Various reports indicate that former Padre Jhoulys Chacin is nearing a two-year contract with the Milwaukee Brewers. For the Brewers, Chacin brings a veteran presence to the back end of a starting rotation that, due to an injury to its ace and performance sustainability questions for the rest of its mainstays, appears to be the most volatile part of the 2018 ballclub. Chacin, meanwhile, will lock in what is easily the biggest deal of his career. His fantasy stock for 2018, however, takes a resulting hit.
Chacin’s low strikeout numbers have long limited his fantasy upside, as 2017 was the first season in which he eclipsed a 20% strikeout rate, which is right around the league average for MLB starting pitchers. He has never demonstrated the superb control often associated with low-strikeout arms, either, with walk rates consistently above 8%. Where he has excelled, however, is in limiting home runs, thanks to a combination of ground balls and weak contact allowed. His 85.4 MPH average exit velocity allowed ranked sixth lowest among MLB pitchers with at least 500 hitters faced last season, while his ground-ball rate was pushing up near 50%. Even so, he benefited from quite a bit of batted-ball luck last season, as Statcast estimates that he should have allowed a .284 BABIP, somewhat higher than the .272 mark that he actually allowed. Expecting him to continue to generate such stellar results on balls-in-play is unwise, even for a pitcher who seems to be legitimately skilled at limiting quality contact. And this is before even considering the change in venue that he is embracing.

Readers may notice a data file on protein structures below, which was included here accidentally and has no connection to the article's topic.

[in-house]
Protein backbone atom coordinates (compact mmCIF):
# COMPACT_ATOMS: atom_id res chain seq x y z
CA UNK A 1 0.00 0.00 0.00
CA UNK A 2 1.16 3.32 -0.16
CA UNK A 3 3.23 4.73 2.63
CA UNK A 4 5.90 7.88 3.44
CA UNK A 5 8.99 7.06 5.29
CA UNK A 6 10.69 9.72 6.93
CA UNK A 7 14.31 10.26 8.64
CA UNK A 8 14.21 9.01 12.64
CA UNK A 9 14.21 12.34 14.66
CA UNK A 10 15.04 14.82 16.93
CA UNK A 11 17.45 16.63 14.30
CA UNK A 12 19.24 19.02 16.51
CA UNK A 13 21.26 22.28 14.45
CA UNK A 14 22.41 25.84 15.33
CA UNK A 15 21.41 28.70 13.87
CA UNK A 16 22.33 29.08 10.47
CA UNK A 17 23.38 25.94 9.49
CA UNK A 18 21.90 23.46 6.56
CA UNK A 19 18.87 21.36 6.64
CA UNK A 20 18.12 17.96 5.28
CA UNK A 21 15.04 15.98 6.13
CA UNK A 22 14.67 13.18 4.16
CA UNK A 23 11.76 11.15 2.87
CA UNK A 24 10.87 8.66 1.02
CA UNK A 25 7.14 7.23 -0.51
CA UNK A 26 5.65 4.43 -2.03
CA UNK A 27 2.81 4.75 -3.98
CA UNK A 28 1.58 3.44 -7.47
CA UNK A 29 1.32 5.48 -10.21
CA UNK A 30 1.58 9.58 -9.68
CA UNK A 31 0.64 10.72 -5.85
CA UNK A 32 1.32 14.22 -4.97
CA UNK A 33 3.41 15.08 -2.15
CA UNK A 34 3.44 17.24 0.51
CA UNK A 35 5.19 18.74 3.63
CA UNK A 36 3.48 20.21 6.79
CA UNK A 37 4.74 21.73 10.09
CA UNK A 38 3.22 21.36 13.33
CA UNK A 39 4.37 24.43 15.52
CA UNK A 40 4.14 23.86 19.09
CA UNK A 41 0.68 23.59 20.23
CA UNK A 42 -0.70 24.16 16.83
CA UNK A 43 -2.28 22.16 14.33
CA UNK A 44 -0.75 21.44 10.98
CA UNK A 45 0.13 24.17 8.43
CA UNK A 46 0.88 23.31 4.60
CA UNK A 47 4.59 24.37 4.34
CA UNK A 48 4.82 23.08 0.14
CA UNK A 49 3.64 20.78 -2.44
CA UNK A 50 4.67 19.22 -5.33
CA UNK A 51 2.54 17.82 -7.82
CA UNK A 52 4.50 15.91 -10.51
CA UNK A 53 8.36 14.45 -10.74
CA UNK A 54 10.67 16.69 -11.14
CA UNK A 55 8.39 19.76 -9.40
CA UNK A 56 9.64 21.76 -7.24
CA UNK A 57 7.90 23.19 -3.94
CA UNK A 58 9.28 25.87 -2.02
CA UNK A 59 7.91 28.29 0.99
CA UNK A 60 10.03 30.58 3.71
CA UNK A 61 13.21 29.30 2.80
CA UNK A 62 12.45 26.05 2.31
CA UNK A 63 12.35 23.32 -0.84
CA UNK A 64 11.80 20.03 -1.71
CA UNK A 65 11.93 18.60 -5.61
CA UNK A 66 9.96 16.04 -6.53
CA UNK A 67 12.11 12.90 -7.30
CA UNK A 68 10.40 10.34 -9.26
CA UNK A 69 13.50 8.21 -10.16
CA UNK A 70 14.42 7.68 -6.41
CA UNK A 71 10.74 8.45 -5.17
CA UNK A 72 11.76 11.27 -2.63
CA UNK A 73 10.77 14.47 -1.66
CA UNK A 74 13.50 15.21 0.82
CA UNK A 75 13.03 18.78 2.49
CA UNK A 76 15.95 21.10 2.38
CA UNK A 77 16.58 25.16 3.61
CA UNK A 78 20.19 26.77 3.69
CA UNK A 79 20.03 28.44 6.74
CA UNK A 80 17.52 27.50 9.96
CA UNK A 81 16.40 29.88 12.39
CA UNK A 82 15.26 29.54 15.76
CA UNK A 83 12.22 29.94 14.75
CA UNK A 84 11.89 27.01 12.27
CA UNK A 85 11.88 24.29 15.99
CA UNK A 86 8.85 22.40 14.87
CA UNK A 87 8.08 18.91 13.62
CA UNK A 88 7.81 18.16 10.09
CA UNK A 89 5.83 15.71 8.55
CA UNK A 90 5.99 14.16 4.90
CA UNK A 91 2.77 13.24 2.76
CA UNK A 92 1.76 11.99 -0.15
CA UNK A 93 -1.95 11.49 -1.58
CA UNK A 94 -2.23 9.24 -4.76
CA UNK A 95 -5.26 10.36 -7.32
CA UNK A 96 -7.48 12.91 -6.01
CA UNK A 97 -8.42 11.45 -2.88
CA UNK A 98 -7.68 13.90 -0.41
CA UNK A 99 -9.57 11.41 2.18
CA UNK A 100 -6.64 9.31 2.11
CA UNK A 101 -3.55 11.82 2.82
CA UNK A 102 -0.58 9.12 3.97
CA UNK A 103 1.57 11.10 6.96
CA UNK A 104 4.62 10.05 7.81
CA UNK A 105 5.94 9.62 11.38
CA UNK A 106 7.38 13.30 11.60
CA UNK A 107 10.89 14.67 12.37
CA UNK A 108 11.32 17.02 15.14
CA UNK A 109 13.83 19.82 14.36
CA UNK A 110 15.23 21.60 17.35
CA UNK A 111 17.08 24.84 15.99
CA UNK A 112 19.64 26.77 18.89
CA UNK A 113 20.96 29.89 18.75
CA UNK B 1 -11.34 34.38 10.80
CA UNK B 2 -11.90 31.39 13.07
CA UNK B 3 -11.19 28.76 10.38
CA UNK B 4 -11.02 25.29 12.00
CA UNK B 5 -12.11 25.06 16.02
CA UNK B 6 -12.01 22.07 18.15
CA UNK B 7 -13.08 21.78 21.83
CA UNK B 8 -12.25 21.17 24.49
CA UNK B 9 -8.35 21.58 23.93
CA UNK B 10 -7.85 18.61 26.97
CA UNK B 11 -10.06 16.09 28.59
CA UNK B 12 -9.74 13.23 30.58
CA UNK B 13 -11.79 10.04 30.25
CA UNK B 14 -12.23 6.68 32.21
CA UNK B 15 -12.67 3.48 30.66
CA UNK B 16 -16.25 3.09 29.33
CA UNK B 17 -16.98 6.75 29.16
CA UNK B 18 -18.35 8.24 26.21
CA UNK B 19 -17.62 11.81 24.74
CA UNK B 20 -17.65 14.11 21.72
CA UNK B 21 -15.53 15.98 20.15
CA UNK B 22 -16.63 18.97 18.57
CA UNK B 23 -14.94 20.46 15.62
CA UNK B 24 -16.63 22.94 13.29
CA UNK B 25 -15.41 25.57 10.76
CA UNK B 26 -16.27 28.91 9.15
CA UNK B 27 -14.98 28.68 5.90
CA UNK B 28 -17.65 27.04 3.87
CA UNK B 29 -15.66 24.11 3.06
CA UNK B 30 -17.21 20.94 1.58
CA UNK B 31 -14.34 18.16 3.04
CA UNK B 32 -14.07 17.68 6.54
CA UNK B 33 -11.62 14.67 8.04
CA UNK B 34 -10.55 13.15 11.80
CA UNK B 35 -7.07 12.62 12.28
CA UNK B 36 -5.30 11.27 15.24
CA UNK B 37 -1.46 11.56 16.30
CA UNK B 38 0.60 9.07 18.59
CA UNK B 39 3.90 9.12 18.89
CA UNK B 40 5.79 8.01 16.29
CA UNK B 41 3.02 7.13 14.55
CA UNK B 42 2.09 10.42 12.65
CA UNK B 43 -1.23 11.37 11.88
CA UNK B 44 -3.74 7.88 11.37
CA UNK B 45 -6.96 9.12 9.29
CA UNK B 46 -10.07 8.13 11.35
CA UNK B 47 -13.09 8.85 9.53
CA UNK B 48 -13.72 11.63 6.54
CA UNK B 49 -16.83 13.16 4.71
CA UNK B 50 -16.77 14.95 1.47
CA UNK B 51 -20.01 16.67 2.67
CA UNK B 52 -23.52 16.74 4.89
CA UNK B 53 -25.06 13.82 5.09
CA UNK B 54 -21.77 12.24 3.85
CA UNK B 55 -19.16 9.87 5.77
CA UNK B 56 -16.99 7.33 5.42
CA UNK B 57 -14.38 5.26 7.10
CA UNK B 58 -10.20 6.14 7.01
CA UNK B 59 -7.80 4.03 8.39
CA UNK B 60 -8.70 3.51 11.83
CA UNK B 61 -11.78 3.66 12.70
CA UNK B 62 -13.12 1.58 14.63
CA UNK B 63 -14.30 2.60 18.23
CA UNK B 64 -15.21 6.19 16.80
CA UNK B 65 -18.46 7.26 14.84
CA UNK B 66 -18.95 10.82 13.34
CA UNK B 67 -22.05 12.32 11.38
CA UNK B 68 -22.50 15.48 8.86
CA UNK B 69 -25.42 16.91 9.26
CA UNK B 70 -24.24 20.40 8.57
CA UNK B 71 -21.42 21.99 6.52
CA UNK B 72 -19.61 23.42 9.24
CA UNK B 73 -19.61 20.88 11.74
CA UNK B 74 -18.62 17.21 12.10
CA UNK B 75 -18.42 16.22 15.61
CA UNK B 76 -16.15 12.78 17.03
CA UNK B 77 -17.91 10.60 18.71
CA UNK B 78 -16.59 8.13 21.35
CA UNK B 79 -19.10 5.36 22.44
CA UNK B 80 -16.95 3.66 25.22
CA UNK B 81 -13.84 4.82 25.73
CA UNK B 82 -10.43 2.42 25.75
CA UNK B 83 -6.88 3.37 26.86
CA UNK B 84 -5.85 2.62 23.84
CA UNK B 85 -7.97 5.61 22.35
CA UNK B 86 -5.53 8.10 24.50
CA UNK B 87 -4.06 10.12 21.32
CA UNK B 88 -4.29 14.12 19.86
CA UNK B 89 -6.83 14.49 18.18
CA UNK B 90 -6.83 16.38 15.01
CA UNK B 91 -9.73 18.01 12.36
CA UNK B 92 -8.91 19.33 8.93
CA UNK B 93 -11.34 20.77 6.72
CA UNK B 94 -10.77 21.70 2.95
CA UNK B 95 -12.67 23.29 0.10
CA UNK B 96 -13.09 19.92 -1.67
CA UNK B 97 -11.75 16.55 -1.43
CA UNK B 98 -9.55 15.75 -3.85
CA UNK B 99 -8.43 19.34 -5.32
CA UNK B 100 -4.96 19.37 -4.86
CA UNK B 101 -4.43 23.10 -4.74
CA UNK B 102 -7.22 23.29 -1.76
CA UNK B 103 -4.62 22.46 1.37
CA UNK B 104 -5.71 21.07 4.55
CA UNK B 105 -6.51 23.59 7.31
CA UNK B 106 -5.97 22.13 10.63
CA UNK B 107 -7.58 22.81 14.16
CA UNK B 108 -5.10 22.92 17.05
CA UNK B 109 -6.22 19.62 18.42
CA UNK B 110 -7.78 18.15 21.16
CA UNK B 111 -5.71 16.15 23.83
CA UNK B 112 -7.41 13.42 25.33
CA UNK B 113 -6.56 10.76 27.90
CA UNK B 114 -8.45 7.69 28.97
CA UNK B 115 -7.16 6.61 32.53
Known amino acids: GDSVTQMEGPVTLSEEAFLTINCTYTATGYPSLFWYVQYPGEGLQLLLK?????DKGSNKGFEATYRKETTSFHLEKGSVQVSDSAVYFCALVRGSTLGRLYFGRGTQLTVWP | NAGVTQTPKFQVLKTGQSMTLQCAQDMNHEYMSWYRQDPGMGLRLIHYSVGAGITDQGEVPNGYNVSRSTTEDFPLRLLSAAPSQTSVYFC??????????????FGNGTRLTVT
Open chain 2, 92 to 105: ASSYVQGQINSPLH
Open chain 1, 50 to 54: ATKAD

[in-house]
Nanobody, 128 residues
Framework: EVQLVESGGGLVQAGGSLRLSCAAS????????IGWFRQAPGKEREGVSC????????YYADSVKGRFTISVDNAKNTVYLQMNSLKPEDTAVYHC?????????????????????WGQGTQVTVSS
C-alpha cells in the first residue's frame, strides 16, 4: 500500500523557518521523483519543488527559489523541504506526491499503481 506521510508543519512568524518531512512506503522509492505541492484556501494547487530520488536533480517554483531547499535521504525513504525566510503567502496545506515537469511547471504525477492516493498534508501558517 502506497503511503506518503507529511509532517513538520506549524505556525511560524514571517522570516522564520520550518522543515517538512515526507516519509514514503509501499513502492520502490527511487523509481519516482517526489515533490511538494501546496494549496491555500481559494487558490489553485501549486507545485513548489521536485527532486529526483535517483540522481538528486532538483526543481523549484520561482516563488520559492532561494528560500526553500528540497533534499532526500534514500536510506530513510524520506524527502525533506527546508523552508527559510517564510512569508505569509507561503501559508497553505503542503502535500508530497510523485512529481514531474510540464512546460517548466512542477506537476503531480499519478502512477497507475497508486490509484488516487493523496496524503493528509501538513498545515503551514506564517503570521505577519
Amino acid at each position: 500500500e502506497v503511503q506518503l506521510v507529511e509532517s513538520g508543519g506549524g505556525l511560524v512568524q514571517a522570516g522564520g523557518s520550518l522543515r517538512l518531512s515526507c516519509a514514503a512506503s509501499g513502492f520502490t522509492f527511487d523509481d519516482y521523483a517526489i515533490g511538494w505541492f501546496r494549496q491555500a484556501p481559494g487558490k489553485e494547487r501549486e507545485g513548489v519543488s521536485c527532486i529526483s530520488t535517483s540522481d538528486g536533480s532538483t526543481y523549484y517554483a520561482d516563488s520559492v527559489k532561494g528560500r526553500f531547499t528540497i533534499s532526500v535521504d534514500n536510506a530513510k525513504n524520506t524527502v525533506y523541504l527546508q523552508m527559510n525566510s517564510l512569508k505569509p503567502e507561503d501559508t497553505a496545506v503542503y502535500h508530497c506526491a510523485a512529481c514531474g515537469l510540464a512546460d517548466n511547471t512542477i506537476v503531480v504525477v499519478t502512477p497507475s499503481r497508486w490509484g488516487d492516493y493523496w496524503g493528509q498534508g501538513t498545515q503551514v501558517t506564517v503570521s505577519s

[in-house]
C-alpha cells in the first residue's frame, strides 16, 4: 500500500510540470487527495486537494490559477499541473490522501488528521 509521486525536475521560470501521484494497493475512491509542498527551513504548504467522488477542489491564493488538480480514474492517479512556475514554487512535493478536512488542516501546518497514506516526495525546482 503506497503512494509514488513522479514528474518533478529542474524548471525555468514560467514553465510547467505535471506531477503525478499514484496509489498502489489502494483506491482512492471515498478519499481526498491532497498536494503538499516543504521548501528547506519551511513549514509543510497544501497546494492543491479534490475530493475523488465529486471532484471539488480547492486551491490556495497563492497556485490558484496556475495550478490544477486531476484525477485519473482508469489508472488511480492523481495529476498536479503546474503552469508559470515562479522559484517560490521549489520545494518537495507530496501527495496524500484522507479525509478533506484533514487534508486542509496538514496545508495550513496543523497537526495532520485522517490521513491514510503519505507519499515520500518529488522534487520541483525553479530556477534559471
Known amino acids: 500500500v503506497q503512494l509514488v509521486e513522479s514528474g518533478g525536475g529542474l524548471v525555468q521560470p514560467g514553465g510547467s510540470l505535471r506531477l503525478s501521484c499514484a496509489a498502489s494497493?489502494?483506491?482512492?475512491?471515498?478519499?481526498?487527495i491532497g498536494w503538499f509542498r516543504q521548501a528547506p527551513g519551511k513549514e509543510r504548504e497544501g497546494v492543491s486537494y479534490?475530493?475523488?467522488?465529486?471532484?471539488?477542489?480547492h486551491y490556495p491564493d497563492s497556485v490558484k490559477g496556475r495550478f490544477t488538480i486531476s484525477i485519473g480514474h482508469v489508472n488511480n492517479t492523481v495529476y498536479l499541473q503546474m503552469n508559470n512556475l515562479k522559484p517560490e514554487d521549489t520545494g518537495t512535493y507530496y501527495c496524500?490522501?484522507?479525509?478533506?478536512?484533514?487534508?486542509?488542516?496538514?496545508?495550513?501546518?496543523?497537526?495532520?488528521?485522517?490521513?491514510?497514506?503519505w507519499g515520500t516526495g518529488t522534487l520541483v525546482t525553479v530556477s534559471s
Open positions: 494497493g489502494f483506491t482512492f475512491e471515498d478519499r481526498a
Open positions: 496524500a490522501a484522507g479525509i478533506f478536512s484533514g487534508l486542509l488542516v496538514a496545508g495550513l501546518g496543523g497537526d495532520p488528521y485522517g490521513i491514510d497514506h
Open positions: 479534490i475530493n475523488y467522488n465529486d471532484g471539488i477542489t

Milwaukee’s Miller Park has long had a reputation as a hitter’s haven, while San Diego’s Petco Park has just the opposite. These reputations, especially in Milwaukee’s case, appear to be well-earned. For any pitcher, swapping Petco for Miller would be a hit to their fantasy value, but Chacin may suffer even more than normal. In 100.1 home innings last season, Chacin allowed only eight home runs with a shiny 1.79 ERA. In his 80 road innings pitched, he allowed 11 long balls with an ugly 6.53 ERA. Not all of this can be explained by simple park factors; Chacin was legitimately two different pitchers, running a higher strikeout rate with a much lower hard contact rate in home starts. Still, Chacin benefited from an unsustainably low 8.2% HR/FB rate in home games, which could potentially double next season thanks to a combination of natural regression and the change in parks. For a player who does not dominate the strike zone, a significant uptick in home runs allowed would be crippling.
All things considered, Chacin at best profiles as an unexciting back-end starter in very deep leagues. He should eat some innings, at the very least, but he should not be expected to run a sub-4.00 ERA as he managed last year. Without strikeout stuff or elite command as a calling card, he is lacking in both floor and upside for 2018 and beyond.
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